A massive new Egyptian irrigation scheme is causing mounting friction between the states of the Nile basin, which fear they might be deprived of their fair share of the river’s water.

At a meeting of Nile basin states in Tanzania in March, Ethiopia rejected Egypt’s claim to its current share of the Nile’s waters, which stands at 55.5B m3 annually, and demanded a re-examination of the 1959 water-sharing agreement between Sudan and Egypt. Ethiopia said that it wanted an additional share to allow it to implement its own large-scale irrigation projects. Similarly, Uganda is pressing to increase its share of the flow. Ethiopia and Uganda reportedly demanded that they regain an additional 18B m3 from the present Egyptian and Sudanese allocations.

The dispute is the latest disagreement over water in this arid region, where water is a scarce and valuable resource that causes more than its fair share of trouble. Syria and Iraq are at loggerheads with Turkey over the sharing of the Euphrates, for example, while Israel and the Palestinians are competing for rapidly depleting underground reserves.

Toshka scheme

The Nile friction was sparked by the Toshka scheme, in which irrigation will be extended to large areas of Egypt’s western desert. The scheme will take some 5500M m3 per year from Lake Nasser, the reservoir behind the Aswan high dam. Egypt reportedly went ahead with the project without consulting the other Nile basin countries.

In February an international consortium, led by UK-based Kværner International and Japan’s Hitachi Corporation, was issued with a letter of intent for the estimated $425M contract to build the Toshka pumping station. Due for completion in 2002, the 21-pump station will lift up to 334m3/sec from Lake Aswan into the Shaikh Zayed Canal which will form the backbone of the South Valley Development Project (the scheme’s formal name).

Covering 210,000ha of desert land, the scheme will involve the establishment by private investors of a network of large farms. Egypt badly needs the scheme to boost its food output and to provide job opportunities for farming families, who might otherwise migrate to cities.

Prior to the Tanzania meeting, the Ethiopian press carried statements by Ethiopian foreign minister Seyoum Mesfin in which he demanded an amendment of the 1959 agreement between Sudan and Egypt, declaring: ‘The time has come to erect dams and build reservoirs at the source of the Nile in Ethiopia’.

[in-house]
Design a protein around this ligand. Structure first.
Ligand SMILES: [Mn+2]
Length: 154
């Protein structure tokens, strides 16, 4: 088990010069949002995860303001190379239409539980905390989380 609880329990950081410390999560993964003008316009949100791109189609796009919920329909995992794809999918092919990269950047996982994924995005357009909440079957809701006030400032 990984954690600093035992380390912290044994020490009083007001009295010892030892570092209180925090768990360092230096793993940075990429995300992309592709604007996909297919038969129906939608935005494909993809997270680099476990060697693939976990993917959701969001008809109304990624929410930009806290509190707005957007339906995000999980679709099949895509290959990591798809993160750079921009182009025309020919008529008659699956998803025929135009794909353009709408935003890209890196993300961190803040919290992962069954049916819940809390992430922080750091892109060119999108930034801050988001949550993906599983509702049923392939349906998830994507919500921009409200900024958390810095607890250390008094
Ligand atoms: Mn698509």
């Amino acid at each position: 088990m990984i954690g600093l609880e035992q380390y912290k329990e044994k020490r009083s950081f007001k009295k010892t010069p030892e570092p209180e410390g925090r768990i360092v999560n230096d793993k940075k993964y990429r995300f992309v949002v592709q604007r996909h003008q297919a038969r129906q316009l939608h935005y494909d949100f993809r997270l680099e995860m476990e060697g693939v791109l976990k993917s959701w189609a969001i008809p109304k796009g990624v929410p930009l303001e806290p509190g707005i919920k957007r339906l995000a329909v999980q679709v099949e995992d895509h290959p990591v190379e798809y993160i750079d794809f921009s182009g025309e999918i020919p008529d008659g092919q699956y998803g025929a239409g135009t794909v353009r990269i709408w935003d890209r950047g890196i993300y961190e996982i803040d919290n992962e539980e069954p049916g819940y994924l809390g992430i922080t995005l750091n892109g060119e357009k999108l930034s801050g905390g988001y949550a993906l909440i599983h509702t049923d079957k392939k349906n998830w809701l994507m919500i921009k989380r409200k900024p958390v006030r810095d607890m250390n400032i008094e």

At an Organisation of African Unity (OAU) meeting in Addis Ababa in February, Ethiopia’s deputy foreign minister Tekeda Alemu had also called for the abolition of the 1959 Egyptian-Sudanese treaty. ‘This inequitable state of affairs cannot continue since the upstream Nile riparian countries like Ethiopia will need their share of the Nile waters to meet the demands of their peoples,’ he said.

Acute differences

The OAU meeting was also attended by Egyptian foreign minister Amr Moussa, who called for talks to clear up what he described as misunderstandings. Egyptian press reports have cited sources at the Ministry of Public Works and Water Resources as describing the differences between Cairo and Addis Ababa as ‘acute’.

Until now Egypt, which has the biggest and most developed economy of the Nile basin states, has enjoyed virtually unfettered access to the river’s water and has become accustomed to the acquiescence of upstream countries. In future this could change.

‘Ethiopia has plans to irrigate up to 3M ha of farmland’, said George Joffe, deputy director of London’s Royal Institute of International Affairs. ‘That would so reduce the river’s flow as to affect seriously the 1959 agreement between Sudan and Egypt’.

He continued: ‘The Egyptians could face shortages, especially for the generation of hydroelectric power, which is of critical importance for their economy. A lower flow in the Nile would also worsen the existing problem of siltation behind the Aswan Dam as excess water is used to flush out the silt’.

It seems that the discord will not be resolved quickly. ‘The 1959 Agreement between Egypt and the Sudan will always be contentious’, said Professor Allan of London University’s School of Oriental and African Studies (SOAS), who is a noted expert on Middle Eastern water. ‘It is a non-negotiable issue for the partners. For the upstream parties its renegotiation is a precondition for future basin and sub-basin agreements’.